by Burt Dubin
1. Create your seminar intuitively:
A topic title was assigned to me by the meeting planner.
It was within my field of expertise. And I had no seminar
outline that would fit this group. So, I had to work from
Relying on my understanding of the meeting planner's intentions,
I mused, entered a reverie-like state -- and dreamed about
designing a knock-their-socks-off program. Came out of the
dream state gazing at my research library, pulled out this
book and that one, started fashioning a framework.
Enraptured by the concept that was coming into being I turned
to my research files, was drawn to various folders that, sure
enough, held meaningful data. Furiously fleshing out the seminar
I wiped off the perspiration, paused, closed my eyes, returned
to a reverie state -- and breathed.
Stories and illustrations started coming to me, point-provers
I scrawled in where they were needed. My desk was a sea of
paper now. Finally I keyed in my notes, drafted the multi-page
handout and found myself with a new seminar I could sell (in
generic form) again and again. And -- it all started with
First I had the dream. Then the dream had me. Hooked, I had
to complete the design of the seminar. It took slightly over
2 weeks of intensive activity to develop a new 3-hour seminar.
That's the exact process as I lived it -- and you can do it,
2. Communicate authentically:
"What you are, sir, speaks so loudly that I can hardly
hear what you say." (Emerson)
Your essential seminar communication is your essence. It's
your unwritten message for your world, for the universe of
lives you touch. Why does everyone love Rosita? Before she
says a word audiences see her glow. They feel the love she
radiates. That's her essence. What is yours?
Some speakers are masterful technicians. They know their
topic inside out, backward and forward. They can answer just
about any question on their specialty. It stops there. There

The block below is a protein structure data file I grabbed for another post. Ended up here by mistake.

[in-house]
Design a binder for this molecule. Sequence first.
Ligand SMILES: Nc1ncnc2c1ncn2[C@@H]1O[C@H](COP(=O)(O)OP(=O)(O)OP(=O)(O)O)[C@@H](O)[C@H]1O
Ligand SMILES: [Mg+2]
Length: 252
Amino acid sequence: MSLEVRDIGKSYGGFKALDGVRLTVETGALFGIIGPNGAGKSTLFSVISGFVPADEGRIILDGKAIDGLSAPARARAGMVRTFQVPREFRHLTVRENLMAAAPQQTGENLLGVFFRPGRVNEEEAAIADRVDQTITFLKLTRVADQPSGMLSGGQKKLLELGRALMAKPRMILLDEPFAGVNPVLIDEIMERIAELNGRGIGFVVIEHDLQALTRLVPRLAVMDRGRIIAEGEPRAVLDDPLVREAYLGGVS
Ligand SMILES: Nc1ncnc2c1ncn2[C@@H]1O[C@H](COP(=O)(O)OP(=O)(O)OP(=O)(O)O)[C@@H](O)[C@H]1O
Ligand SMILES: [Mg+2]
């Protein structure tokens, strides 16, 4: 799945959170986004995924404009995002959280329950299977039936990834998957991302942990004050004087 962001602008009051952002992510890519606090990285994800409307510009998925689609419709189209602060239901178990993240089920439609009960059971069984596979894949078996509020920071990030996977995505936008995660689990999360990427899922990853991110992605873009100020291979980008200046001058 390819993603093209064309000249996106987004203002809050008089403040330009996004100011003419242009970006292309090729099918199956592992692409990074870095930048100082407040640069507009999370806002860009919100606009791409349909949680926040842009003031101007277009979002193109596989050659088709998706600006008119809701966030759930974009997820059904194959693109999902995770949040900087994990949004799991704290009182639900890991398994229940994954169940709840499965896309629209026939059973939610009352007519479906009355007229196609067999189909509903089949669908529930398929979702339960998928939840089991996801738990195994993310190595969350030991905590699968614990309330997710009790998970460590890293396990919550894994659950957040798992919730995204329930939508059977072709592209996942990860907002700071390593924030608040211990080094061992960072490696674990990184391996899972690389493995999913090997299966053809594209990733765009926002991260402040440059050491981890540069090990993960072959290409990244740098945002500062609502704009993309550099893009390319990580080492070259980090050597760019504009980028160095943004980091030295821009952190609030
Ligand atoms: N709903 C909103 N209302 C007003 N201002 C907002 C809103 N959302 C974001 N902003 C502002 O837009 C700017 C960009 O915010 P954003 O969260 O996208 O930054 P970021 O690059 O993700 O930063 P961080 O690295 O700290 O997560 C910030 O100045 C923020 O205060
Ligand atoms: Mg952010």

are no core values. There is no soul, no ethos. Years ago
there was a great -- a great -- platform performer/Broadway
actor. He played lead roles in 2 classics I saw. These shows
delighted audiences for years. He had a grand voice. Impressive
bearing. Superb timing. He was a masterful technician. Yet,
and this is the tragic part, he had no life outside the platform.
Today, by his own arrangement, Zero Mostel is buried in an
unmarked grave in a New York borough. Why do I report this?
To share this view with you: We who are privileged to stand
before audiences are to be more than fine technicians. More
than experts at our art form. Aware of our impact, of the
accountability that goes with that impact, accountability
that follows us as surely as the shadow follows the form,
we are to be models of what we advocate.
We are to share more than our expertise and our stories.
We are to share our essence, our state of being, our true
Selves. We are to touch people's cores. To leave them with
a vivid and positive experience they'll never forget. An experience
of a subliminal message, an unspoken message, a wordless communication.
You see, people rarely show up to get your information. They
come to experience you.